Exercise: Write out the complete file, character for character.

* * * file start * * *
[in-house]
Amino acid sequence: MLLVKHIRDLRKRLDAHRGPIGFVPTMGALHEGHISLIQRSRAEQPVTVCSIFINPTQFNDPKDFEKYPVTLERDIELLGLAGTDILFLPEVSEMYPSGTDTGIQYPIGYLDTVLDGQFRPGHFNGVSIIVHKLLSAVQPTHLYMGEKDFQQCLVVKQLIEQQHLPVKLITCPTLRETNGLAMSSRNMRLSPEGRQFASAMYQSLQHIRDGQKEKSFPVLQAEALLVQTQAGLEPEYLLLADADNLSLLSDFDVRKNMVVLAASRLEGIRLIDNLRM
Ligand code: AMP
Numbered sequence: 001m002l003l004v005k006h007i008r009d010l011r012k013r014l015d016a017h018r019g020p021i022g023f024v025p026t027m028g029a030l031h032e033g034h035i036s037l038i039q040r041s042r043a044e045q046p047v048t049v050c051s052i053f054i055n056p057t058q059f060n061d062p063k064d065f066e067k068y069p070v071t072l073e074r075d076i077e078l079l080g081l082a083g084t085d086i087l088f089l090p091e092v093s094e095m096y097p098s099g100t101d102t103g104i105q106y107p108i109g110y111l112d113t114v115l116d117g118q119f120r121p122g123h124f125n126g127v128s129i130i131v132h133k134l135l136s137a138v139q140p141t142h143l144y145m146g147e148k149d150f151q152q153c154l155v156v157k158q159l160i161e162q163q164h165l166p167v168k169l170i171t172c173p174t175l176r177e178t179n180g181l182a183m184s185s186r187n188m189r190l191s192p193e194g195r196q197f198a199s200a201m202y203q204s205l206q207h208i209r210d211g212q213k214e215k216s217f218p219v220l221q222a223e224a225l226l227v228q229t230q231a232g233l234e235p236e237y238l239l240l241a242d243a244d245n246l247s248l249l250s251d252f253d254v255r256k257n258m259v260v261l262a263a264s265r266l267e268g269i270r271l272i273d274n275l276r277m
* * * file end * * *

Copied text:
[in-house]
Amino acid sequence: MLLVKHIRDLRKRLDAHRGPIGFVPTMGALHEGHISLIQRSRAEQPVTVCSIFINPTQFNDPKDFEKYPVTLERDIELLGLAGTDILFLPEVSEMYPSGTDTGIQYPIGYLDTVLDGQFRPGHFNGVSIIVHKLLSAVQPTHLYMGEKDFQQCLVVKQLIEQQHLPVKLITCPTLRETNGLAMSSRNMRLSPEGRQFASAMYQSLQHIRDGQKEKSFPVLQAEALLVQTQAGLEPEYLLLADADNLSLLSDFDVRKNMVVLAASRLEGIRLIDNLRM
Ligand code: AMP
Numbered sequence: 001m002l003l004v005k006h007i008r009d010l011r012k013r014l015d016a017h018r019g020p021i022g023f024v025p026t027m028g029a030l031h032e033g034h035i036s037l038i039q040r041s042r043a044e045q046p047v048t049v050c051s052i053f054i055n056p057t058q059f060n061d062p063k064d065f066e067k068y069p070v071t072l073e074r075d076i077e078l079l080g081l082a083g084t085d086i087l088f089l090p091e092v093s094e095m096y097p098s099g100t101d102t103g104i105q106y107p108i109g110y111l112d113t114v115l116d117g118q119f120r121p122g123h124f125n126g127v128s129i130i131v132h133k134l135l136s137a138v139q140p141t142h143l144y145m146g147e148k149d150f151q152q153c154l155v156v157k158q159l160i161e162q163q164h165l166p167v168k169l170i171t172c173p174t175l176r177e178t179n180g181l182a183m184s185s186r187n188m189r190l191s192p193e194g195r196q197f198a199s200a201m202y203q204s205l206q207h208i209r210d211g212q213k214e215k216s217f218p219v220l221q222a223e224a225l226l227v228q229t230q231a232g233l234e235p236e237y238l239l240l241a242d243a244d245n246l247s248l249l250s251d252f253d254v255r256k257n258m259v260v261l262a263a264s265r266l267e268g269i270r271l272i273d274n275l276r277m